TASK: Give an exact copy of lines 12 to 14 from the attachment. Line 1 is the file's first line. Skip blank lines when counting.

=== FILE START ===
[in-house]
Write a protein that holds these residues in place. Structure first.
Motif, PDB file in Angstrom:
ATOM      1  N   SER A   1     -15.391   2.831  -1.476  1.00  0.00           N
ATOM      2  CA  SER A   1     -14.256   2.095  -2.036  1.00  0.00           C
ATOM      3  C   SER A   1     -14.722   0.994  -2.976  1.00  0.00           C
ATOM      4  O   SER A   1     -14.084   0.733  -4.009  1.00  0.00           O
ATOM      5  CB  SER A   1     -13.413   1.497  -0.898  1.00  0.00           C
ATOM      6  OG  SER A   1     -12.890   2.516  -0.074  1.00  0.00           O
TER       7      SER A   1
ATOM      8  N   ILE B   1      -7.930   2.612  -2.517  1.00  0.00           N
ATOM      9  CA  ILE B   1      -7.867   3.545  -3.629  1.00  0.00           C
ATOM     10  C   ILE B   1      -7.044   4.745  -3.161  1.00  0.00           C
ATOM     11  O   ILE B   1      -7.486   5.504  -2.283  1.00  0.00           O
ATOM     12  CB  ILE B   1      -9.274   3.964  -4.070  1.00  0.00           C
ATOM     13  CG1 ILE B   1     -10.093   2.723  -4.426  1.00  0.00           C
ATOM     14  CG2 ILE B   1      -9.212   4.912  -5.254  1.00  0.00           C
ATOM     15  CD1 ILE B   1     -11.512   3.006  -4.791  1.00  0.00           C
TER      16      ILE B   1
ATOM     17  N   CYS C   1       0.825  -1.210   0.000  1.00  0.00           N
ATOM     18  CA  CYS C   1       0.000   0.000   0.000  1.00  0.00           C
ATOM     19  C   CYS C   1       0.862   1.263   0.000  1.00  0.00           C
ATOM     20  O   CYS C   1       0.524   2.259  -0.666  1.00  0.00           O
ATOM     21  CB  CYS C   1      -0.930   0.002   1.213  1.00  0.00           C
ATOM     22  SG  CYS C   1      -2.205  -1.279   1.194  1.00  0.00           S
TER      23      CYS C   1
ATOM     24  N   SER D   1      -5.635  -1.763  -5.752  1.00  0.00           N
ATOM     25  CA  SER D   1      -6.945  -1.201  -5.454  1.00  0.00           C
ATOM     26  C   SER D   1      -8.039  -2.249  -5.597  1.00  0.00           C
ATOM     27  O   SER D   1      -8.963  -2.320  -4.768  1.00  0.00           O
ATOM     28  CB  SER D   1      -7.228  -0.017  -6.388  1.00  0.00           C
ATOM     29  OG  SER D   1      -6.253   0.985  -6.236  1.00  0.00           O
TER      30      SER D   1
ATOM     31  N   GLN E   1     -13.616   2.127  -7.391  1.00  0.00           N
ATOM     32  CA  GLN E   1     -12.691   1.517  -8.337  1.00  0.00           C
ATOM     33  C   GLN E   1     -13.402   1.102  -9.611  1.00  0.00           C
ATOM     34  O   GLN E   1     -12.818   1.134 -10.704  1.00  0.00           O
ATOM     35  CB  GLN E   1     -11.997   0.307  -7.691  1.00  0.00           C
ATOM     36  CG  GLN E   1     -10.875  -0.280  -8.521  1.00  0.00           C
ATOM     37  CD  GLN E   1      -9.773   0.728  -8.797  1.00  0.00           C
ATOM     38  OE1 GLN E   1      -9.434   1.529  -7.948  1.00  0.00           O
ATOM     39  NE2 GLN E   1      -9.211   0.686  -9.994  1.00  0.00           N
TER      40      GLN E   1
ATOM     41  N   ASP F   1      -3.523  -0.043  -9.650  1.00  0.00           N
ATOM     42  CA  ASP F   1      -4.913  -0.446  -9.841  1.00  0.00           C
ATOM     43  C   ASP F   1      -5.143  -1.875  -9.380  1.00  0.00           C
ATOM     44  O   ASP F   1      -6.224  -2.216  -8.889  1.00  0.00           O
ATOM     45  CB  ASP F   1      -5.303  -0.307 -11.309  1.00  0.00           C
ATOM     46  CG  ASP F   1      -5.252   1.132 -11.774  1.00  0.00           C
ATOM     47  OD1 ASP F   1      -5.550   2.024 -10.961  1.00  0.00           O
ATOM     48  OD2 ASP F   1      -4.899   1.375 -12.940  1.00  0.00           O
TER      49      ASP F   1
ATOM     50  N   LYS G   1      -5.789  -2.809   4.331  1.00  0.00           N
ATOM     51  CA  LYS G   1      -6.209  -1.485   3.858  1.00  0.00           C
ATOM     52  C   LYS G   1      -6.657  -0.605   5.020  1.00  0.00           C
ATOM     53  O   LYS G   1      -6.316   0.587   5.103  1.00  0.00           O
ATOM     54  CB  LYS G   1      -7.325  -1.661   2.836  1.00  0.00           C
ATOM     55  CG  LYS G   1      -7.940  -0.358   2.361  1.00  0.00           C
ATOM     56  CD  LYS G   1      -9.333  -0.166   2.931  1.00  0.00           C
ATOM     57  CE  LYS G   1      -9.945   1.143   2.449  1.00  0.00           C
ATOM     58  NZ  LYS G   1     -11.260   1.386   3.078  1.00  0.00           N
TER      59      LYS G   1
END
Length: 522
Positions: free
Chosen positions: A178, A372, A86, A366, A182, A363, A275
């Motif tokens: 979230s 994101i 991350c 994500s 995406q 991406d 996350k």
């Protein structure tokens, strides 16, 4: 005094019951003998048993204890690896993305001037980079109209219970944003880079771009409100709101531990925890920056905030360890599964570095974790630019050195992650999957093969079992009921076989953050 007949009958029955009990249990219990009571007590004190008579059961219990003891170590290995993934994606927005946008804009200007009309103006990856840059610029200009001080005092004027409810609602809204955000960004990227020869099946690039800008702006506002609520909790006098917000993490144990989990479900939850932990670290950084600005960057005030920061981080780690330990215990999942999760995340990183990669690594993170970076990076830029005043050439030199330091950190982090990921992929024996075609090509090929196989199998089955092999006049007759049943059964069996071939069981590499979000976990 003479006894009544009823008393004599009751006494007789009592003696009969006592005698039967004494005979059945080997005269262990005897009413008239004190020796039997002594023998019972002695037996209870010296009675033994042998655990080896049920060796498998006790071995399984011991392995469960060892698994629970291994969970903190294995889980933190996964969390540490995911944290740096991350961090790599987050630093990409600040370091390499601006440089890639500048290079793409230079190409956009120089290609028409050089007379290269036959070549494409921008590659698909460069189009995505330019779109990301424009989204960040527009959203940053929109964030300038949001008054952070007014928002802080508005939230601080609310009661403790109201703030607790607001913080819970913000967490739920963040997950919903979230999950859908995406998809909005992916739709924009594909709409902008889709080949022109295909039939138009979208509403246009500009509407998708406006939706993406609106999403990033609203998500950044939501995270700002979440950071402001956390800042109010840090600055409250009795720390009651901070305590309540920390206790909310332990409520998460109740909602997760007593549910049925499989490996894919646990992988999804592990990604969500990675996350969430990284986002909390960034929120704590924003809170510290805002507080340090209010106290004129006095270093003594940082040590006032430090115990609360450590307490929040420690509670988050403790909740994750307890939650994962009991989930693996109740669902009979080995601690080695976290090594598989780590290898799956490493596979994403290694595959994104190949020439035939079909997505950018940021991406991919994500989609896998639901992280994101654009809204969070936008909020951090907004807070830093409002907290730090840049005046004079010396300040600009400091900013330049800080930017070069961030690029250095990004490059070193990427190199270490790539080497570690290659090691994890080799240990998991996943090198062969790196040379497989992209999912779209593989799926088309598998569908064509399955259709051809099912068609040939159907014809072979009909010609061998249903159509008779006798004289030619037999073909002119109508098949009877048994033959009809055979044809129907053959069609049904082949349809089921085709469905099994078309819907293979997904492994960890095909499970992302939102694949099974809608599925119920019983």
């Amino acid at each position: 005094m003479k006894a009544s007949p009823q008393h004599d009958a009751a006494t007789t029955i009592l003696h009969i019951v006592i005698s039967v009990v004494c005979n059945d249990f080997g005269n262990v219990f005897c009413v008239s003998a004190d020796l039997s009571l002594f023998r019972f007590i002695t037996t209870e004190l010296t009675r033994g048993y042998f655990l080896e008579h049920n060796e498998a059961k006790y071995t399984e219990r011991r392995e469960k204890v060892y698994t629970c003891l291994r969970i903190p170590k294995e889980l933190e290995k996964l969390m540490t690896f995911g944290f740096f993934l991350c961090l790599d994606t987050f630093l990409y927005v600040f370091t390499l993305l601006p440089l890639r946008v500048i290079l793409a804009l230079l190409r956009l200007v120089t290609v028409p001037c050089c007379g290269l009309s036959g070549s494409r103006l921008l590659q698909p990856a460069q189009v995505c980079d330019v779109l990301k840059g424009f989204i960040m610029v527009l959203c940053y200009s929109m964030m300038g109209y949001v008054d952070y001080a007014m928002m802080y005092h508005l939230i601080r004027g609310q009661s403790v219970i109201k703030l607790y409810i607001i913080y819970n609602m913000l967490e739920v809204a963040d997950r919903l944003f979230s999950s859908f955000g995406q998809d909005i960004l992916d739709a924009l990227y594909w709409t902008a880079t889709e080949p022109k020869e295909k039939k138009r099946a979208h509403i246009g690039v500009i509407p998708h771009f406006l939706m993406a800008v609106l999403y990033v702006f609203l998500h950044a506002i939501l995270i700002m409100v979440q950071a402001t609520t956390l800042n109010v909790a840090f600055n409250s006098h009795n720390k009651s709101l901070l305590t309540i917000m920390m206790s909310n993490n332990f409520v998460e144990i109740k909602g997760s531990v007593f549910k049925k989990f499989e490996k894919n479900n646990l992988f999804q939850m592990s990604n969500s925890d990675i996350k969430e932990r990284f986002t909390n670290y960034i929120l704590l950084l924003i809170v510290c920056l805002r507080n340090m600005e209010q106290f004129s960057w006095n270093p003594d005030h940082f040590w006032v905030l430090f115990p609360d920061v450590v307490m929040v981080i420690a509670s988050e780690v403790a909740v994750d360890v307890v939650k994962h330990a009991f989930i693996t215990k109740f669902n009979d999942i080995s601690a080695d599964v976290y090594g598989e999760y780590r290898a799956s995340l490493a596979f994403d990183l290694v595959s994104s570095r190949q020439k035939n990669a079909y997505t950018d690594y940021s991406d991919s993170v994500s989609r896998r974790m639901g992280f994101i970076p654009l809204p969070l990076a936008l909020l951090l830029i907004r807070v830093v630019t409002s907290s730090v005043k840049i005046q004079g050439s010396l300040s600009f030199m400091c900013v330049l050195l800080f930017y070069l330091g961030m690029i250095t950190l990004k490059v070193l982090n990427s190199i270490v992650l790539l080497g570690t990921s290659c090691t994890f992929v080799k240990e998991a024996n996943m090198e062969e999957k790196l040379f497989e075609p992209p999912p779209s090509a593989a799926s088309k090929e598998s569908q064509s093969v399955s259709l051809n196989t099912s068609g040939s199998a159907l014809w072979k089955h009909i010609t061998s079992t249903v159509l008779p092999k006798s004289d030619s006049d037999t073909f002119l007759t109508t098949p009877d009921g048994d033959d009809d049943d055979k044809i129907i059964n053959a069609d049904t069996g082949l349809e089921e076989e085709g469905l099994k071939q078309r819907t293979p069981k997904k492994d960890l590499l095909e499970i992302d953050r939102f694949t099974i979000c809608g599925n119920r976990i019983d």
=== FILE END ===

ATOM      9  CA  ILE B   1      -7.867   3.545  -3.629  1.00  0.00           C
ATOM     10  C   ILE B   1      -7.044   4.745  -3.161  1.00  0.00           C
ATOM     11  O   ILE B   1      -7.486   5.504  -2.283  1.00  0.00           O